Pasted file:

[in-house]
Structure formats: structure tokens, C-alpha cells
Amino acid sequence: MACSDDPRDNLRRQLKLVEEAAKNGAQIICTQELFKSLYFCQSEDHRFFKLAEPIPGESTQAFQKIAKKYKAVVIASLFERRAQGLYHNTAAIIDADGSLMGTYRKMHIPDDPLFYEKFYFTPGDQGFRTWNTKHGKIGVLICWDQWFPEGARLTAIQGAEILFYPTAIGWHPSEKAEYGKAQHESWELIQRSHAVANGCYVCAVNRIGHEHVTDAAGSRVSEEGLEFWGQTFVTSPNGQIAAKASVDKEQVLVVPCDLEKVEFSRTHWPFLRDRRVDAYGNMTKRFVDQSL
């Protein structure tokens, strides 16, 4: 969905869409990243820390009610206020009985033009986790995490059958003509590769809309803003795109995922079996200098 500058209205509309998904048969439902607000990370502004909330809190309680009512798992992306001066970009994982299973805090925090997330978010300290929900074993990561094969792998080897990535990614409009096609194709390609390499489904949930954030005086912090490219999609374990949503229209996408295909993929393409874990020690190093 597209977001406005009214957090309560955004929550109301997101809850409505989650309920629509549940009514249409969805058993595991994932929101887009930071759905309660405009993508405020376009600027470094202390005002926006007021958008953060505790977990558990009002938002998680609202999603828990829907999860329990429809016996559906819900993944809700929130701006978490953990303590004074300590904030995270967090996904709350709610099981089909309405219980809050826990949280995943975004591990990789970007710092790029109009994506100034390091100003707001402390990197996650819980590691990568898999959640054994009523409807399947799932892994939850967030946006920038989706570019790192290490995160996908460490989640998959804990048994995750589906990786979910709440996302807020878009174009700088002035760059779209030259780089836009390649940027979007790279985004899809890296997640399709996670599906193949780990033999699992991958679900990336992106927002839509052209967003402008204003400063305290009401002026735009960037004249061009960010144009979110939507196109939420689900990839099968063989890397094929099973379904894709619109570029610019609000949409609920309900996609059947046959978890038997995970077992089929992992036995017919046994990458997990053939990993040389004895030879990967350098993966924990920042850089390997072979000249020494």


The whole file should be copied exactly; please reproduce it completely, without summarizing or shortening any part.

[in-house]
Structure formats: structure tokens, C-alpha cells
Amino acid sequence: MACSDDPRDNLRRQLKLVEEAAKNGAQIICTQELFKSLYFCQSEDHRFFKLAEPIPGESTQAFQKIAKKYKAVVIASLFERRAQGLYHNTAAIIDADGSLMGTYRKMHIPDDPLFYEKFYFTPGDQGFRTWNTKHGKIGVLICWDQWFPEGARLTAIQGAEILFYPTAIGWHPSEKAEYGKAQHESWELIQRSHAVANGCYVCAVNRIGHEHVTDAAGSRVSEEGLEFWGQTFVTSPNGQIAAKASVDKEQVLVVPCDLEKVEFSRTHWPFLRDRRVDAYGNMTKRFVDQSL
């Protein structure tokens, strides 16, 4: 969905869409990243820390009610206020009985033009986790995490059958003509590769809309803003795109995922079996200098 500058209205509309998904048969439902607000990370502004909330809190309680009512798992992306001066970009994982299973805090925090997330978010300290929900074993990561094969792998080897990535990614409009096609194709390609390499489904949930954030005086912090490219999609374990949503229209996408295909993929393409874990020690190093 597209977001406005009214957090309560955004929550109301997101809850409505989650309920629509549940009514249409969805058993595991994932929101887009930071759905309660405009993508405020376009600027470094202390005002926006007021958008953060505790977990558990009002938002998680609202999603828990829907999860329990429809016996559906819900993944809700929130701006978490953990303590004074300590904030995270967090996904709350709610099981089909309405219980809050826990949280995943975004591990990789970007710092790029109009994506100034390091100003707001402390990197996650819980590691990568898999959640054994009523409807399947799932892994939850967030946006920038989706570019790192290490995160996908460490989640998959804990048994995750589906990786979910709440996302807020878009174009700088002035760059779209030259780089836009390649940027979007790279985004899809890296997640399709996670599906193949780990033999699992991958679900990336992106927002839509052209967003402008204003400063305290009401002026735009960037004249061009960010144009979110939507196109939420689900990839099968063989890397094929099973379904894709619109570029610019609000949409609920309900996609059947046959978890038997995970077992089929992992036995017919046994990458997990053939990993040389004895030879990967350098993966924990920042850089390997072979000249020494």